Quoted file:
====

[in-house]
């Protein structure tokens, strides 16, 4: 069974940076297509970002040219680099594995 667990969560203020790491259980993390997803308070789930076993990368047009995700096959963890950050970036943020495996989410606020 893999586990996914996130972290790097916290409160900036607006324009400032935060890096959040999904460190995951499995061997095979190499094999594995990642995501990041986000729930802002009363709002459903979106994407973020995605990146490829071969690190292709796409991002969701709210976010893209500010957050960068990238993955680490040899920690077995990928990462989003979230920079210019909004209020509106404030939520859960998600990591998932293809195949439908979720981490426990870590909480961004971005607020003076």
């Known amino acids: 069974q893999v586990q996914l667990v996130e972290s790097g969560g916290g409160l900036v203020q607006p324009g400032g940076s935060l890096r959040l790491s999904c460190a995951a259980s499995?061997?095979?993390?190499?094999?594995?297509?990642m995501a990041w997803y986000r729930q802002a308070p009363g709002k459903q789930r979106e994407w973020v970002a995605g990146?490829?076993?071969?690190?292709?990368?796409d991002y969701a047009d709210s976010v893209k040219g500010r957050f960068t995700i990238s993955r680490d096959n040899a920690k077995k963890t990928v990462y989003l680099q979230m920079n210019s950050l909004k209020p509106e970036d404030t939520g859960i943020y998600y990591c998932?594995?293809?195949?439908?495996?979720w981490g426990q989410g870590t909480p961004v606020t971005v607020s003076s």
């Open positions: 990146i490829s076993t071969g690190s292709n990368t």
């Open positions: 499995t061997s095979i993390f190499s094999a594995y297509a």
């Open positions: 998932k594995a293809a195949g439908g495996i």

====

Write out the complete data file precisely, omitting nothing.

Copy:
[in-house]
């Protein structure tokens, strides 16, 4: 069974940076297509970002040219680099594995 667990969560203020790491259980993390997803308070789930076993990368047009995700096959963890950050970036943020495996989410606020 893999586990996914996130972290790097916290409160900036607006324009400032935060890096959040999904460190995951499995061997095979190499094999594995990642995501990041986000729930802002009363709002459903979106994407973020995605990146490829071969690190292709796409991002969701709210976010893209500010957050960068990238993955680490040899920690077995990928990462989003979230920079210019909004209020509106404030939520859960998600990591998932293809195949439908979720981490426990870590909480961004971005607020003076």
């Known amino acids: 069974q893999v586990q996914l667990v996130e972290s790097g969560g916290g409160l900036v203020q607006p324009g400032g940076s935060l890096r959040l790491s999904c460190a995951a259980s499995?061997?095979?993390?190499?094999?594995?297509?990642m995501a990041w997803y986000r729930q802002a308070p009363g709002k459903q789930r979106e994407w973020v970002a995605g990146?490829?076993?071969?690190?292709?990368?796409d991002y969701a047009d709210s976010v893209k040219g500010r957050f960068t995700i990238s993955r680490d096959n040899a920690k077995k963890t990928v990462y989003l680099q979230m920079n210019s950050l909004k209020p509106e970036d404030t939520g859960i943020y998600y990591c998932?594995?293809?195949?439908?495996?979720w981490g426990q989410g870590t909480p961004v606020t971005v607020s003076s």
């Open positions: 990146i490829s076993t071969g690190s292709n990368t």
């Open positions: 499995t061997s095979i993390f190499s094999a594995y297509a």
């Open positions: 998932k594995a293809a195949g439908g495996i």